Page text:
Jingim rubbed his eyes with the heel of his hands. Tomorrow there would be work to do. Kublai said they were expecting an all-out attack any day, and Jingim would be leading a battalion, he knew, and Marco would no doubt be somewhere in the crush, killing men from his own country, men of his own blood. For Kublai. Because he was loyal to Kublai. That, Jingim did not doubt—you didn’t need to know the proofs to read it off him. He loved Kublai, more than any foreigner had a right to (other than Ahmad, maybe, and in the end Ahmad hadn’t). He wanted to be Kublai’s son—that was what had first set Jingim on edge about him. Kublai’s love belonged to Jingim, not to anyone else. Kokachin, too...

Jingim knew very well that his jealousy was a weakness, but sometimes he could not help but swim in it.

 But tomorrow there would be work to do, and soon there would be an attack, and they would have to fight together, and Kublai had said Jingim must make amends.

He stepped to the door of the tent and spoke to a guard standing outside. “Fetch me the Latin. Master Polo,” he clarified, when the guard hesitated—there were more Latins around than one, these days.

And he sat down in his tent to wait.

He didn’t have to wait as long as he had expected, or maybe hoped. Marco Polo arrived with dark circles under red eyes; he hadn’t been getting much sleep lately, and had been awake even at this late hour. He was still in the clothes of the day, which were even a bit mussed. Not really a fit appearance to face a prince, but Marco had never cared as much about etiquette as he should have. Just another piece of his habitual arrogance and disrespect.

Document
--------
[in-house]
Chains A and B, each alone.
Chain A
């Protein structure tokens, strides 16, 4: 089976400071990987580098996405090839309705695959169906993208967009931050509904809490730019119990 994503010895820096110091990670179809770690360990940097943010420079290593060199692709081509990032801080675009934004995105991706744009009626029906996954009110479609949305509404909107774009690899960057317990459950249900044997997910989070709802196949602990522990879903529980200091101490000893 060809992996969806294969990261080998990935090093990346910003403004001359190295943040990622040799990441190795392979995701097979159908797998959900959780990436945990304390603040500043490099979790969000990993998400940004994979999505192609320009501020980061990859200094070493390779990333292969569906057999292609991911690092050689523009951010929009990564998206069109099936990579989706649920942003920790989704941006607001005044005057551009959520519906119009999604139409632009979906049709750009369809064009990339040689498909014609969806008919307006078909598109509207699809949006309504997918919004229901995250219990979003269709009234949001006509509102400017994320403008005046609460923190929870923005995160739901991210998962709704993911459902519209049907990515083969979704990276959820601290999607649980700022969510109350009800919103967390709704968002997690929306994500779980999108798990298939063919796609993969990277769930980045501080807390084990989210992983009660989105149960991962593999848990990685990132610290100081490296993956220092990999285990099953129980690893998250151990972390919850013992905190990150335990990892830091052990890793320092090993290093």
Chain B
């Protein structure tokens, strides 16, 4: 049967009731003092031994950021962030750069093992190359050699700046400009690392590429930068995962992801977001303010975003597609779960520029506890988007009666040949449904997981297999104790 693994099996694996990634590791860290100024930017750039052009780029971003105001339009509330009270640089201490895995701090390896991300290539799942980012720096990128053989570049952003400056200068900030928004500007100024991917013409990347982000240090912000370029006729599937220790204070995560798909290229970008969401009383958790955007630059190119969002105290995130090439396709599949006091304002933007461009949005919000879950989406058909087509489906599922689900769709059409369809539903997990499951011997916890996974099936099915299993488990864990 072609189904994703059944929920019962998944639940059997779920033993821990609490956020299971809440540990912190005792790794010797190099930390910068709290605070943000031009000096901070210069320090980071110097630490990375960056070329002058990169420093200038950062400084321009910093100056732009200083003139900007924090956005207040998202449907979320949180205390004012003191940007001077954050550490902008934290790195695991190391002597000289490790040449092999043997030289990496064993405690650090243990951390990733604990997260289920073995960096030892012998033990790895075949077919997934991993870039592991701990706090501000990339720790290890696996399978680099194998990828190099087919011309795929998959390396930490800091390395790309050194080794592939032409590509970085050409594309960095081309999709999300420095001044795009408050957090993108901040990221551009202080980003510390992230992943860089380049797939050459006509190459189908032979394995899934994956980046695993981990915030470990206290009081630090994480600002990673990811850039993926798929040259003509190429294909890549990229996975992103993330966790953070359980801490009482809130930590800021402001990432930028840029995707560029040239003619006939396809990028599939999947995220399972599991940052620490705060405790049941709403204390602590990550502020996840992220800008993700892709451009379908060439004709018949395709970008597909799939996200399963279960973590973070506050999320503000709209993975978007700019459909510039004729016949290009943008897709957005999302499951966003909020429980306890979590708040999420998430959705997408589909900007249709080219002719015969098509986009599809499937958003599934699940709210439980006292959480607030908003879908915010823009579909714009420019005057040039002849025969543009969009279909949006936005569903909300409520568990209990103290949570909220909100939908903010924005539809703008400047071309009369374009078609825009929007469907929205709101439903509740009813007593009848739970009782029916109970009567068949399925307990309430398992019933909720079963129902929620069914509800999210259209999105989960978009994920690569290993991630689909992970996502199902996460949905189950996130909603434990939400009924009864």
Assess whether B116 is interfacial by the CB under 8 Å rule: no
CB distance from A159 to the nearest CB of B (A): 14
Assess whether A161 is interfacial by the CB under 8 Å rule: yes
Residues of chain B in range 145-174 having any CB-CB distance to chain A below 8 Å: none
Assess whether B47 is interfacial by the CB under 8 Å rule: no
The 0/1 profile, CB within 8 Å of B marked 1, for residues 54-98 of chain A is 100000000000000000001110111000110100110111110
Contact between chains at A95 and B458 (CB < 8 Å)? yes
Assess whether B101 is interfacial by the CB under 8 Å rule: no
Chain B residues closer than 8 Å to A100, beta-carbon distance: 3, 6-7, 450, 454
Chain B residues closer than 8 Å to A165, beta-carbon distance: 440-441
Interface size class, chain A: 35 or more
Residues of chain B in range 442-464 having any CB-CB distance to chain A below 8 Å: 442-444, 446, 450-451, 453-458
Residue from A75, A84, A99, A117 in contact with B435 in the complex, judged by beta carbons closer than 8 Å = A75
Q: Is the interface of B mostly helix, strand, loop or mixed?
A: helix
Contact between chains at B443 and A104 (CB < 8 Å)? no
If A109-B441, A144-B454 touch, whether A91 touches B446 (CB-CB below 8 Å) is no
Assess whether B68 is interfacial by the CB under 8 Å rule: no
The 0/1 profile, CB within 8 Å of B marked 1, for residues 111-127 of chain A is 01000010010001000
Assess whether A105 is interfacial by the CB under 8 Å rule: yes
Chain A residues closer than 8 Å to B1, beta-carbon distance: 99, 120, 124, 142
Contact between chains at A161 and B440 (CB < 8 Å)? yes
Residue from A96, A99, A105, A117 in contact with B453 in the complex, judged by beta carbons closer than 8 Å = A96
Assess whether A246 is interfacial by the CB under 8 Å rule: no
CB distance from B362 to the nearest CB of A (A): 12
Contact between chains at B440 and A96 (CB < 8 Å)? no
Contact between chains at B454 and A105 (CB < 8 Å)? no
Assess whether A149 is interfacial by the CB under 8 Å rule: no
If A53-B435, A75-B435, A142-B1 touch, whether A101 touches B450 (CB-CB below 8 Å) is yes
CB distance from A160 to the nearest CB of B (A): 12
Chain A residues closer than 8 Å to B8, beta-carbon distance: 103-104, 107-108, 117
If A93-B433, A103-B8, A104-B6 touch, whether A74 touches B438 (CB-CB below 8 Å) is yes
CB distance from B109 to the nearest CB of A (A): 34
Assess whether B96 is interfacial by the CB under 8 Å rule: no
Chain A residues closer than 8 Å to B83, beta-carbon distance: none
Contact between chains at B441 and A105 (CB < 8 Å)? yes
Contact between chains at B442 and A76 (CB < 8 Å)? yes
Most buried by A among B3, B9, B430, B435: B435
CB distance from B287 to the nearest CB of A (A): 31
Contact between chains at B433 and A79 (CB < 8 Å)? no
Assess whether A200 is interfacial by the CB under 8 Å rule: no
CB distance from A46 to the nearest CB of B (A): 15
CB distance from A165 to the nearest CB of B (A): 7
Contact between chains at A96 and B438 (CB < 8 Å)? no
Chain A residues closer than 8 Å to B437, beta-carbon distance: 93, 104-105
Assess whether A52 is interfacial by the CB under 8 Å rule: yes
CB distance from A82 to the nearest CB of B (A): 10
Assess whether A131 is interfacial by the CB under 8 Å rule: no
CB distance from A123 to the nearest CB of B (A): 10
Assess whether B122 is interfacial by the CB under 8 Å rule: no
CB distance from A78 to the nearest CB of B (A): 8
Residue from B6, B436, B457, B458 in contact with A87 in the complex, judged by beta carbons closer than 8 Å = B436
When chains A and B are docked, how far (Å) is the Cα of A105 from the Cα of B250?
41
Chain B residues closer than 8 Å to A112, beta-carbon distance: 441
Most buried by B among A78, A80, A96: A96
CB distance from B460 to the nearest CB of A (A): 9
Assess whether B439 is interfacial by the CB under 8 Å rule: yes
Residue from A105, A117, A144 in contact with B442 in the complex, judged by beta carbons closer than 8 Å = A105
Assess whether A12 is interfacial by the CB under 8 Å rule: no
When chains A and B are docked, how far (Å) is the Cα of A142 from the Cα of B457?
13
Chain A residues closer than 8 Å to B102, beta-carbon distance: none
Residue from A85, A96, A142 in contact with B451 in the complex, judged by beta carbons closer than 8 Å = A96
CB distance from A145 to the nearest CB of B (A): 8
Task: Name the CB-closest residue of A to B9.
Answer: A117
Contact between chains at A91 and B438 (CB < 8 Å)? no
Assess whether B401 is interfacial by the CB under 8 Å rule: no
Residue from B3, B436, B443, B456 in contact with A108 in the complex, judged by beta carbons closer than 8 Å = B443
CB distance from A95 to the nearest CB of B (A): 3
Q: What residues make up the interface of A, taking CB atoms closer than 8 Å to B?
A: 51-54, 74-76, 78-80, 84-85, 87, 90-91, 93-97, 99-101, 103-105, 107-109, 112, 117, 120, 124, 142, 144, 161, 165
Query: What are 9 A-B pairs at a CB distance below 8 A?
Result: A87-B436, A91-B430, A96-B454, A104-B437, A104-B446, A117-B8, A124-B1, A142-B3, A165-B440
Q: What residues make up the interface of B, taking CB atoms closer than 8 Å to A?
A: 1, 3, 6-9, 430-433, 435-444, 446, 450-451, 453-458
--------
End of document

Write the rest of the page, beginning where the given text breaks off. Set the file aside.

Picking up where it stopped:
He did bow, though—he was swaying a little on his feet, and Jingim pushed back the urge to ask him when he’d last slept. If he couldn’t be angry at Marco for Kublai’s sake, at least he wouldn’t pity him. He said, instead, “My father says you saved his life.”

“I did my best to serve him,” Marco said. Oh, so humble.

He could barely keep his eyes open, though, and Jingim couldn’t help himself. “Is that why you’re working the late hours? New, important duties?” If he was back in Kublai’s favor, doubtless…

“I have had much on my mind.”

They looked at each other.

Marco said softly, “I am sorry for your loss, my prince.”

“Your prince?” Jingim raised his eyebrows. At best, Marco had sometimes respected him as an equal, a brother. Never as a prince.

Marco dropped to his knees and bowed, more formally than he ever had to Jingim. Eyes fixed on the floor, he said, “You would be within your rights to hate me. But Kokachin and I never—”

“Don’t.” He’d thought he wanted details he’d never get, but in the end it was better to wonder than hear it from Marco himself and still wonder if Marco was lying. “I don’t want to hear you talk about her.”

Marco nodded.

“If you want to give me condolences,” Jingim said, “I have also lost a brother.”

He wasn’t sure why he said it. Probably because when he’d come back with the news of Ahmad’s death, no one had seemed very sad about it. The Mongols and even the Chinese had never fully seen Ahmad as one of them. Kublai was too angry to mourn, and too distracted by war. Even Chabi had simply nodded at the news, and congratulated him on victory. It occurred to him, looking down at Marco, that Marco had never much liked Ahmad either, had in fact spoken against him and been the first to accuse Ahmad of treachery. And saved Jingim’s life that way, from ambush… But Jingim thought of Ahmad’s blood, spilled on the floor before him, and his lips pressed together tightly.

Marco said at last, “I am sorry for that loss as well.”

“You should be,” Jingim said curtly. “Kublai will never take a foreigner as son again. Ruins your chances.”

Marco looked up at last. Something flashed in his eyes. But he only repeated, “I am sorry for your loss. I know you thought of him as a brother.”

Jingim turned away. For a brief period of time, he had had three brothers. Now he had one, Byamba. And Marco still lived, and Marco was here. He would still fight with them. And Kokachin was dead—what did it matter that she had loved Marco, not him? She could not love anyone anymore.

But oh, how she had looked at him. He had never seen love in her eyes until that night.

 He gestured for Marco to rise. “Well, we will see each other tomorrow, no doubt. Forget your heavy thoughts and get some sleep. Kublai will need us. Neither he nor I will thank you for getting yourself killed.”

Marco bowed again, but this time only at the waist. “Jingim… Good night.”

Jingim would try to get some sleep as well.